My grocery store has yeast! It’s the first time that I’ve seen it in months, and I knew exactly which recipe I wanted to make – a hundred-year-old recipe for Crusty French Bread. Several years ago I’d tried to make French Bread – and I’d been disappointed in the results – so I wondered if an old-time recipe might make a more authentic French Bread.
As part of the rising process, the hundred-year-old recipe called for putting the bread dough in lukewarm water, and then waiting for it to float. I had my doubts, but it was easy to do – and I was very pleased with the results.
The Crusty French Bread turned out wonderfully. It was crusty on the outside, and soft and chewy on the inside. This recipe is a keeper, and I feel certain that I’ll make it again.
Here’s the original recipe:
I had to use more water than the recipe called for when I made the dough by mixing water, yeast, and flour. The recipe called for 1/2 cup of water, but it was not enough to make the dough cling together.
And, here’s the recipe updated for modern cooks:
Crusty French Bread
1 packet dry active yeast
1/2 – 3/4 cup lukewarm water + 1/2 cup lukewarm water + additional lukewarm water for use during the rising process (all the lukewarm water should be 110 – 115° F.)
2 cups flour + 1 1/2 – 2 cups flour
1 teaspoon salt
milk, melted butter, or a sugar and water mixture (to brush on the top of the loaves) (I used milk.)
Blend the yeast with a little water in a measuring cup, and when smooth, add additional lukewarm water to make 1/2 cup. Put 2 cups flour in a mixing bowl, add the water and yeast mixture, and stir to combine. If it is too dry to knead, add additional lukewarm water until it can be kneaded. (It should be dryer than for most bread doughs). Put the mixture on a prepared surface and knead to form a stiff dough (about 5 minutes). Form the dough into a ball, and score it a couple of times across the top with a knife.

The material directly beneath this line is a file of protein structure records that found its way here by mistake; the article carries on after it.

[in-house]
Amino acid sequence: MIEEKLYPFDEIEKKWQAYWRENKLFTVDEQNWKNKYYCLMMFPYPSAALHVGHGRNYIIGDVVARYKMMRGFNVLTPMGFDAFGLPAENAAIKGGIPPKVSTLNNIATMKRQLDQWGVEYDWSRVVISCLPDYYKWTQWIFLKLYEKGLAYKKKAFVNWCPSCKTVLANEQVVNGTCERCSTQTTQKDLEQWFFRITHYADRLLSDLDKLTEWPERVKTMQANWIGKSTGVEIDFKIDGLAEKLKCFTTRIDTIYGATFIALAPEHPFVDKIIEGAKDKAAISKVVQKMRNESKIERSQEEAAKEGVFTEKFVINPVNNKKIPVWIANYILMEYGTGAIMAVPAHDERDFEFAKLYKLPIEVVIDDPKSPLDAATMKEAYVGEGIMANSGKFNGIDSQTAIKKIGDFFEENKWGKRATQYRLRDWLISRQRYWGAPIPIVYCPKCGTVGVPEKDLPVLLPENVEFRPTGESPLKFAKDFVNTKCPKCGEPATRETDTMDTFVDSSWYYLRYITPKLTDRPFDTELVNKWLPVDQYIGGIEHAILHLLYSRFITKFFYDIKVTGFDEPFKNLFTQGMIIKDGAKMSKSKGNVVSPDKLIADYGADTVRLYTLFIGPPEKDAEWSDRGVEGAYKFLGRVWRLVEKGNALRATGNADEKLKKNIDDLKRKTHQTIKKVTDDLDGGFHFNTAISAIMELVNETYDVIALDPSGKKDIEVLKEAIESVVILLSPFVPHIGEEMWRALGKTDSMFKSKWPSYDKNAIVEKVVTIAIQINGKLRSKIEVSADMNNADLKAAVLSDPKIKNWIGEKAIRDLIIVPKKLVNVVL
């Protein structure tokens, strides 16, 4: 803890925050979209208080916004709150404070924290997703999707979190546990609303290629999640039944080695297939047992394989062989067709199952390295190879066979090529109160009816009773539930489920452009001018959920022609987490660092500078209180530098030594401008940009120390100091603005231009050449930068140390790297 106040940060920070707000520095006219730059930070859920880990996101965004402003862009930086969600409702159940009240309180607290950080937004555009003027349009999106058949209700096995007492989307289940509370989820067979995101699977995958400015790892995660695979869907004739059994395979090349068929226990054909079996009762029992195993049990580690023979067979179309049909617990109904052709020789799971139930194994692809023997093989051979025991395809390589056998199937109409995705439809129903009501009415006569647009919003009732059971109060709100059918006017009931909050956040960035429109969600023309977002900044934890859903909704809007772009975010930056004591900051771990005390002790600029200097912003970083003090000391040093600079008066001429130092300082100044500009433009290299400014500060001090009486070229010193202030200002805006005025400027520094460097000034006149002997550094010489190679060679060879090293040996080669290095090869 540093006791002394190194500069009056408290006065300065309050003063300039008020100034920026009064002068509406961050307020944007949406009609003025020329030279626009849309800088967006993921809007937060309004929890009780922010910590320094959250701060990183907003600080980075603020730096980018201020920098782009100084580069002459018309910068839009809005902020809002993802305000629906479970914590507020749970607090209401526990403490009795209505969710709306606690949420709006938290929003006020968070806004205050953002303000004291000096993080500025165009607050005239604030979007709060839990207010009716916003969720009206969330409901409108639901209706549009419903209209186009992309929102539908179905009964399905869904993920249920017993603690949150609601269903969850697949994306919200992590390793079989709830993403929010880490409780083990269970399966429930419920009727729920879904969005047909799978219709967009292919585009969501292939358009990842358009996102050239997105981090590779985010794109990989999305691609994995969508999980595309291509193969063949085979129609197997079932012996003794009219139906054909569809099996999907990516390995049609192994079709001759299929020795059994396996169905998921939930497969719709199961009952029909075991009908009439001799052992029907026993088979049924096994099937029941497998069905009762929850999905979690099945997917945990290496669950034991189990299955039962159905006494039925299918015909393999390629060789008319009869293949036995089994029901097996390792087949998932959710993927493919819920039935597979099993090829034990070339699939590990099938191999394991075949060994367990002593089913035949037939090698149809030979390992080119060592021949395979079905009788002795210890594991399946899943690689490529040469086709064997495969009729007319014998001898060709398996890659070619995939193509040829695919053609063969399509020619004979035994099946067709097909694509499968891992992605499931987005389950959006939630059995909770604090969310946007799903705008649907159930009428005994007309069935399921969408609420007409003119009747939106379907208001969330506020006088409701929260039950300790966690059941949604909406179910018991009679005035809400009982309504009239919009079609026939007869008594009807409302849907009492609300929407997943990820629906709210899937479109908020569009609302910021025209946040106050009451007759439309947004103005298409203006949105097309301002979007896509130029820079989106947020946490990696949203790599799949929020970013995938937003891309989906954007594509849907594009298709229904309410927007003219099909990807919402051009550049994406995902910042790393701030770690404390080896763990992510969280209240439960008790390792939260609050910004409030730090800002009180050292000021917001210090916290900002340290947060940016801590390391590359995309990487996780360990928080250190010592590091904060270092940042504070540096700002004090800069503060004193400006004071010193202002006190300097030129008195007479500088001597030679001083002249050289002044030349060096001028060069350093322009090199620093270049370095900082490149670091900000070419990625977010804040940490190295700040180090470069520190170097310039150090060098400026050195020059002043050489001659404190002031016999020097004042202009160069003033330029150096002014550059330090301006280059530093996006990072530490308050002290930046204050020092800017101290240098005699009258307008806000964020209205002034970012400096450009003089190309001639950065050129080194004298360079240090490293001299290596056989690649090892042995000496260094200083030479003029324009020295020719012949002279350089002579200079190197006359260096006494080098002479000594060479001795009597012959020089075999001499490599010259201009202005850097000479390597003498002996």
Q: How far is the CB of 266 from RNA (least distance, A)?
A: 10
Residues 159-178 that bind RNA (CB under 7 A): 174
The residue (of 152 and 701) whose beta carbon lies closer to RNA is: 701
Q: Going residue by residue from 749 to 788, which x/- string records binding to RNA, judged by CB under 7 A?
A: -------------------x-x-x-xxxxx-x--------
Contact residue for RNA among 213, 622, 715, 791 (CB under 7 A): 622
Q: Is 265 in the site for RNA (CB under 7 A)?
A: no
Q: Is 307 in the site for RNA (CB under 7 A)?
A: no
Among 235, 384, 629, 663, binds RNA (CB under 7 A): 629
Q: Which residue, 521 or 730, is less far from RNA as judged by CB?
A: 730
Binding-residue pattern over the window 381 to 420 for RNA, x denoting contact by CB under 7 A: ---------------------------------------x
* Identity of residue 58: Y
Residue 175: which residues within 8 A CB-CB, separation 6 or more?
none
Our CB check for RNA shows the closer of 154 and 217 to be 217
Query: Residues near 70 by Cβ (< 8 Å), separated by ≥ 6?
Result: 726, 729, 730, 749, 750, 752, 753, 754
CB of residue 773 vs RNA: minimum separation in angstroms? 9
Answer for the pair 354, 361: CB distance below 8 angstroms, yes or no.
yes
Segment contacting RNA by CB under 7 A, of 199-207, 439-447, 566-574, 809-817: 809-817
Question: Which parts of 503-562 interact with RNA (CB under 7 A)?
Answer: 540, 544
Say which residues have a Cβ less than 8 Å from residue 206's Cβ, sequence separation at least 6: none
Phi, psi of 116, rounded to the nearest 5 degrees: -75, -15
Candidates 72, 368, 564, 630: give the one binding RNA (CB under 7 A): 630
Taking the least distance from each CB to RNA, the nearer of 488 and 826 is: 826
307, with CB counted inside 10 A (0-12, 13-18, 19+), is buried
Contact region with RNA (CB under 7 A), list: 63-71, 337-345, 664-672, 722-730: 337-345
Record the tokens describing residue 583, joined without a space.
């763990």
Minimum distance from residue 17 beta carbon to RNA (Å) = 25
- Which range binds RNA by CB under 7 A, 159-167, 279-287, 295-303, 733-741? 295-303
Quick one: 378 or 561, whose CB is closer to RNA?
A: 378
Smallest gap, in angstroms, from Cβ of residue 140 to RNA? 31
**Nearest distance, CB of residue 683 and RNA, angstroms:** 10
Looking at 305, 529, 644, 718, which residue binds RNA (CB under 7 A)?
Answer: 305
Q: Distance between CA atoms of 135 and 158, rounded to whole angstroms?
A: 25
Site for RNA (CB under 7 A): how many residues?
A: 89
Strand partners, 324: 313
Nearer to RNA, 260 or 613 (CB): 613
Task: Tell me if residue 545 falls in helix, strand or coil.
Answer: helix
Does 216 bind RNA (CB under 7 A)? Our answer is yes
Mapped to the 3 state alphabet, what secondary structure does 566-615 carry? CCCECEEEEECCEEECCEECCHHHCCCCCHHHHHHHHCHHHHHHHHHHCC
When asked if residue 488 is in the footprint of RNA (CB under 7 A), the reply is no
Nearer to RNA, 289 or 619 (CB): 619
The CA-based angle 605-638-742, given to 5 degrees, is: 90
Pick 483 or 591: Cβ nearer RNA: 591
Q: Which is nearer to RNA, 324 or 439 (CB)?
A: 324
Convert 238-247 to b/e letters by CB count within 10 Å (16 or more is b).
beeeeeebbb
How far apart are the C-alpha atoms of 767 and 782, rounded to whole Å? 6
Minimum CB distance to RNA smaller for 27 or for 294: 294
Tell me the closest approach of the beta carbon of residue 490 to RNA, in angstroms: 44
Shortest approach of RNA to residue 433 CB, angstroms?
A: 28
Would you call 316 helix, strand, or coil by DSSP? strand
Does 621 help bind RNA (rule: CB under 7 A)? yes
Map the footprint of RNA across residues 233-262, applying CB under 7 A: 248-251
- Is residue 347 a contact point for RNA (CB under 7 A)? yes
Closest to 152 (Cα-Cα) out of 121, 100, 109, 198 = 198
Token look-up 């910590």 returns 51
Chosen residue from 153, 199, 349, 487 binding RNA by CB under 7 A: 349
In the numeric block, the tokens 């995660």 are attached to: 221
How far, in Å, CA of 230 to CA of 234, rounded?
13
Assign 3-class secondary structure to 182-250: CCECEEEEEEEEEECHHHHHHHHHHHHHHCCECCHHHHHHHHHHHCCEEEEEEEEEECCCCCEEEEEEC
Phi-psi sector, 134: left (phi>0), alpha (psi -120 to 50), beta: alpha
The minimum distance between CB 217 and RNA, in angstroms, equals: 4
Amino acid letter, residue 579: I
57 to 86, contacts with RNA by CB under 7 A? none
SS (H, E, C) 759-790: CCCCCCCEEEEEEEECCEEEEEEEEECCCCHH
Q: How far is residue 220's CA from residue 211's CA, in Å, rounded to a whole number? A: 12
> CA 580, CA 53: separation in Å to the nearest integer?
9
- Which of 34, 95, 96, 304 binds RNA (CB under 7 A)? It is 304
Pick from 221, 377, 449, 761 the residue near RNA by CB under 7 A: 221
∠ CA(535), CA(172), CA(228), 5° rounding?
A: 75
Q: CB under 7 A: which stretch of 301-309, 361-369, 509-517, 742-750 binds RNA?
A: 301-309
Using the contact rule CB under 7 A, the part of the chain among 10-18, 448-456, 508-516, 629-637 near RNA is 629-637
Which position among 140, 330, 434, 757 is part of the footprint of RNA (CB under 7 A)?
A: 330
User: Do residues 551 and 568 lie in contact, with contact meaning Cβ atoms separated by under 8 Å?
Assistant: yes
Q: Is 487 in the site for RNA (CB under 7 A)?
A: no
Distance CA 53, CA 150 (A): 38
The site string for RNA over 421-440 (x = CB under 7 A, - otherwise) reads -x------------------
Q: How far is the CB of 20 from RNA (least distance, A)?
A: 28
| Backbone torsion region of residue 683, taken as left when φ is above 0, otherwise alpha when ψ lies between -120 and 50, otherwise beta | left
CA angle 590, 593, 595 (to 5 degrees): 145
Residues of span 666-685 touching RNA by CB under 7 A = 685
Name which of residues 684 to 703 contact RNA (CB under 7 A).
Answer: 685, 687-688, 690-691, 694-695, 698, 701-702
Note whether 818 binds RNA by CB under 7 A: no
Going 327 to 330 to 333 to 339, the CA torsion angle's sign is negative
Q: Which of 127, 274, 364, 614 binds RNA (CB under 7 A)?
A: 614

In the meantime, fill a Dutch oven or other large pan 2/3 full with lukewarm water. Put the ball of dough in the water with the scored side up. If the water does not cover the dough add additional water. Cover, and let the sit in a warm place until the dough swells and floats on top of the water (about 15-20 minutes). Lift the ball out of the pan using a large skimmer.
In a mixing bowl, dissolve the salt in 1/2 cup of lukewarm water, then add the ball of dough. Add 1 1/2 cups flour. (If needed, add additional flour to make the dough the right consistency for kneading.) Put the dough on a prepared surface and knead until smooth and elastic (about 5 minutes). Put in a large bowl, cover with a cloth, and place in a warm spot that is free from drafts until doubled in size (about 1 1/2 hours).
Divide dough into two equal parts, and shape into long narrow loaves. (I rolled each part into a rectangle approximately 9″ X 20″, then rolled starting from one of the long sides.) Place on a greased baking sheet. Score with light slanting strokes of a knife across the top of each loaf. Brush with milk, melted butter, or a mixture and water and sugar. Let rise until doubled (about 30 minutes).